As of 21 August, 280 people have tested positive for COVID-19 in Northeast Syria (NES), including 36 recoveries and 16 fatalities. The highest concentration of cases is in Al-Hasakeh Governorate. Reports from the The United Nations Office for the Coordination of Humanitarian Affairs (OCHA) indicate that one in four confirmed cases are amongst health workers in NES with the greatest concentration in Hassakeh city. The report indicated that the actual number of COVID-19 cases in NES is likely much higher due to significant under-testing, particularly in areas outside Al-Hasakeh, along with lockdown measures in many areas being arbitrary. The risk of a large-scale outbreak in NES remains high, as risk perception varies amongst communities and potentially creates a false sense of security. As a result, humanitarian actors continue to face uncertainty in terms of the effect that new preventive measures will have on humanitarian operations.
The Humanitarian Needs Assessment Programme's (HNAP) 26 August 2020 COVID-19 Rapid Assessment showed that community lockdowns and total curfews were in place in a majority of communities in AlHasakeh Governorate, but are absent in Aleppo, Ar-Raqqa, and Deirez-Zor. Awareness campaigns were in place mostly in Al-Hasakeh, while temperature checks and distribution of soap/disinfectant/masks were available in very few sub-districts, with most available in Al-Hasakeh only. Most basic services are fully available in most sub-districts, although 59% of sub-districts report that they are in need of soap or water, 80% of sub-districts report that a majority of the population are in need of masks, and 89% report that a majority of the population are in need of disinfectants.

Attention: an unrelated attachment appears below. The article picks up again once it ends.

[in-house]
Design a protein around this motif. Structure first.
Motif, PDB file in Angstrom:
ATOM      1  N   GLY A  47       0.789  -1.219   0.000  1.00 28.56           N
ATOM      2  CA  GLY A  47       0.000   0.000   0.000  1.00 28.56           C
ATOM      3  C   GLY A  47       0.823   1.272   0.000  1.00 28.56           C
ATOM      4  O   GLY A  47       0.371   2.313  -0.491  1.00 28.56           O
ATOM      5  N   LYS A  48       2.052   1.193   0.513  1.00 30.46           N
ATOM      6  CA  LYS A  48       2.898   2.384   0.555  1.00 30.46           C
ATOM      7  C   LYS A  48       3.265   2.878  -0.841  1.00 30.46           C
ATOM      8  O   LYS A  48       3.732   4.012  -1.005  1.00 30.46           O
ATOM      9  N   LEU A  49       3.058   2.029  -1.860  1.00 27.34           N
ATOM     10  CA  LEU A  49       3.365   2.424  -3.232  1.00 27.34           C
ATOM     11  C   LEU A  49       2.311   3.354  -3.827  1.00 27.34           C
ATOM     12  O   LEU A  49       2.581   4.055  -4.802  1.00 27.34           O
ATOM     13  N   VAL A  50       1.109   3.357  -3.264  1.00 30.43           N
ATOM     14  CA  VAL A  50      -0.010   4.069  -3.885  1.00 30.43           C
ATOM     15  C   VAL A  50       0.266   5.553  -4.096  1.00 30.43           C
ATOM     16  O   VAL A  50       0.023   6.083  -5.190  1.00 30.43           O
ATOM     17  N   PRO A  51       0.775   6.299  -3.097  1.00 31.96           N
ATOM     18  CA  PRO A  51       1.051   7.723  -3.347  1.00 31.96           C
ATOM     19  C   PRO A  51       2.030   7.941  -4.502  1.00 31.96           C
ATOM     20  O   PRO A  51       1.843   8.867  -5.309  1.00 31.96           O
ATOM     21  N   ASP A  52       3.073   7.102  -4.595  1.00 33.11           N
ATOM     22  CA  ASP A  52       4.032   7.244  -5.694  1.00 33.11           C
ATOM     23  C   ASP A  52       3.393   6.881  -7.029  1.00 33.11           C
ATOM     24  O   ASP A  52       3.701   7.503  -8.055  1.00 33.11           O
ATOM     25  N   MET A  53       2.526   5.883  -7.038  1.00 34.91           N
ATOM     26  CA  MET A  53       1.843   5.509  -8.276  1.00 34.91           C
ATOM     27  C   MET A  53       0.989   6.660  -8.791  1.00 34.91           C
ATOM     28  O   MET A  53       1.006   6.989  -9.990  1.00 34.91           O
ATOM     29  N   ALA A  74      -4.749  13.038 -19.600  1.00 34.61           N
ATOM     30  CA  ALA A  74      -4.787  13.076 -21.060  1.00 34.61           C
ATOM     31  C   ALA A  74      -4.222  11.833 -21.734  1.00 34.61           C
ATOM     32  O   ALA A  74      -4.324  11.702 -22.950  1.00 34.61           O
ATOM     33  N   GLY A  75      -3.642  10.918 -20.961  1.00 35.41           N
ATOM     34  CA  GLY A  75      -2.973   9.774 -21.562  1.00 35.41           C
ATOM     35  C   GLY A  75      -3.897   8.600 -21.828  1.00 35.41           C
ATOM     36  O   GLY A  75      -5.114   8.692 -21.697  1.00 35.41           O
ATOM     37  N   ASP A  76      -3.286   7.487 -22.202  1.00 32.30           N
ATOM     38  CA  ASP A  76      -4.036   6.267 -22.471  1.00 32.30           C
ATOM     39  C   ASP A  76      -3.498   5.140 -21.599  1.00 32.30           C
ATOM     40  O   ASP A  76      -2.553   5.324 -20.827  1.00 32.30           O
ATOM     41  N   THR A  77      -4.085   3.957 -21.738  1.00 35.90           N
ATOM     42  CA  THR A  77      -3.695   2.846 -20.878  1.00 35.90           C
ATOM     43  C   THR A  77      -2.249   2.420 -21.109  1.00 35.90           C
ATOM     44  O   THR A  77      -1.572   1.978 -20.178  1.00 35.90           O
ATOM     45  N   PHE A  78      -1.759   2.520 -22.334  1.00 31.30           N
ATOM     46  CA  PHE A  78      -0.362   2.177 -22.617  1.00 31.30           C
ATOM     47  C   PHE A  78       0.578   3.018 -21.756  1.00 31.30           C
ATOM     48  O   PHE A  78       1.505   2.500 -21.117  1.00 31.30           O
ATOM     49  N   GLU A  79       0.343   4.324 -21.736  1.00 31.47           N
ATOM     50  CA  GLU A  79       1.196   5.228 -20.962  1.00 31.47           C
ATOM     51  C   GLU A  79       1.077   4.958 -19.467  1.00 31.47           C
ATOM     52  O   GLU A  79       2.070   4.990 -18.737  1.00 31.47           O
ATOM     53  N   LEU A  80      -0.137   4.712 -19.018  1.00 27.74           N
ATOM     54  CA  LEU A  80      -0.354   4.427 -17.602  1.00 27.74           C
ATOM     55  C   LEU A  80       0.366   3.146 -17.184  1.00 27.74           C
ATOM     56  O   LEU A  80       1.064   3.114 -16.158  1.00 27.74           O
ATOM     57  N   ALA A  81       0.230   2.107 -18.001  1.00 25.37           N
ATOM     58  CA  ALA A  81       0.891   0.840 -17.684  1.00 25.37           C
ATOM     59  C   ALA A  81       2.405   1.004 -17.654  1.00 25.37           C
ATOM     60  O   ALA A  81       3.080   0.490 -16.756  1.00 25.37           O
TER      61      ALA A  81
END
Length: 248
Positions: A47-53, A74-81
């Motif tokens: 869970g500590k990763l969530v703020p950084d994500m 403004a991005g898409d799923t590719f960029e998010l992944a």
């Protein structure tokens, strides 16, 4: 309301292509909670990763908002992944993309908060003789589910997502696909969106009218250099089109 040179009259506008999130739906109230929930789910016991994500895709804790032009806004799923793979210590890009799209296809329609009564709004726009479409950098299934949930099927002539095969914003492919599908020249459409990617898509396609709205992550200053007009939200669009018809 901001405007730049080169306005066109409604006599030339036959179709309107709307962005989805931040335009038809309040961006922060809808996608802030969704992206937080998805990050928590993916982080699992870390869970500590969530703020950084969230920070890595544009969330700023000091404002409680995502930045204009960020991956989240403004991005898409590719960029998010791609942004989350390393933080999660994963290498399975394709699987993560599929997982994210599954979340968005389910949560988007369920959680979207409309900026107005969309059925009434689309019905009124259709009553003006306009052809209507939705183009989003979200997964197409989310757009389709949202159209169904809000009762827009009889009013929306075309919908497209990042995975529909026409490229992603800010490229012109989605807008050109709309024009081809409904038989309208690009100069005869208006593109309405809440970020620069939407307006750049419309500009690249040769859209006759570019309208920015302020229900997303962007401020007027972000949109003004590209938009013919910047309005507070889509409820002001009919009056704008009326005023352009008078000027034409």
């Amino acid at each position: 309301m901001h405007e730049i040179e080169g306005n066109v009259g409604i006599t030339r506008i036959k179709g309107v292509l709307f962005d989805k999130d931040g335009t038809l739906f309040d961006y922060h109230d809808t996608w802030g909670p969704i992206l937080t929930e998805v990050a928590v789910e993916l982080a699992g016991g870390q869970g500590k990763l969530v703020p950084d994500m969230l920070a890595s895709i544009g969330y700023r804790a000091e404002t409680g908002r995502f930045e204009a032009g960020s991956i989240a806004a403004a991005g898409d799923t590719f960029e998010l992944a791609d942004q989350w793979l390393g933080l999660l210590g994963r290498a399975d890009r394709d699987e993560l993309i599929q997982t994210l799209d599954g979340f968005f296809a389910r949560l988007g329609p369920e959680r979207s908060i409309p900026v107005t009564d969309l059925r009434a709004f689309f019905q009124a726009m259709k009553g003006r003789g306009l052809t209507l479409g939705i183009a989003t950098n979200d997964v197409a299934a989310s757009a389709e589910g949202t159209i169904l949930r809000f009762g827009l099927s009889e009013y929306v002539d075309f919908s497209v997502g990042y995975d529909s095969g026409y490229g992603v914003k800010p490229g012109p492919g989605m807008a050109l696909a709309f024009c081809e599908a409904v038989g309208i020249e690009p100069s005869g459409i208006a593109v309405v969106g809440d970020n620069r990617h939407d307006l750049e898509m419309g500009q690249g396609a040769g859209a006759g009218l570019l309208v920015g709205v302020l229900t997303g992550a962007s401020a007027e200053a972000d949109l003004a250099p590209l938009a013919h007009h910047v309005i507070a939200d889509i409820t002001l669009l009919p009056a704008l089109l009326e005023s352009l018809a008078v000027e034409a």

In April 2020, REACH began a series of monthly knowledge, attitudes, and practices (KAP) surveys with the goal of informing the communications response to the threat of COVID-19 in NES. REACH observed high levels of COVID-19 knowledge among survey respondents in the first round of data collection, which was conducted in late April as communication efforts and curfews were well under way. Greater wariness of COVID-19 was seen among attitudes and practices responses, especially among female respondents. In the second and third rounds of data collection, which were conducted in late May and late June respectively, knowledge was observed as remaining high while attitudes and practices had shifted to less cautious in relation to COVID-19 among both female and male respondents.
Descriptive statistics for all survey rounds are available here, and include each specific KAP indicator, disaggregated by governorate, sex, and rural/urban population. The present factsheet is the second indepth analysis of changes in knowledge, attitudes, and practices over time and among cohorts of respondents in NES.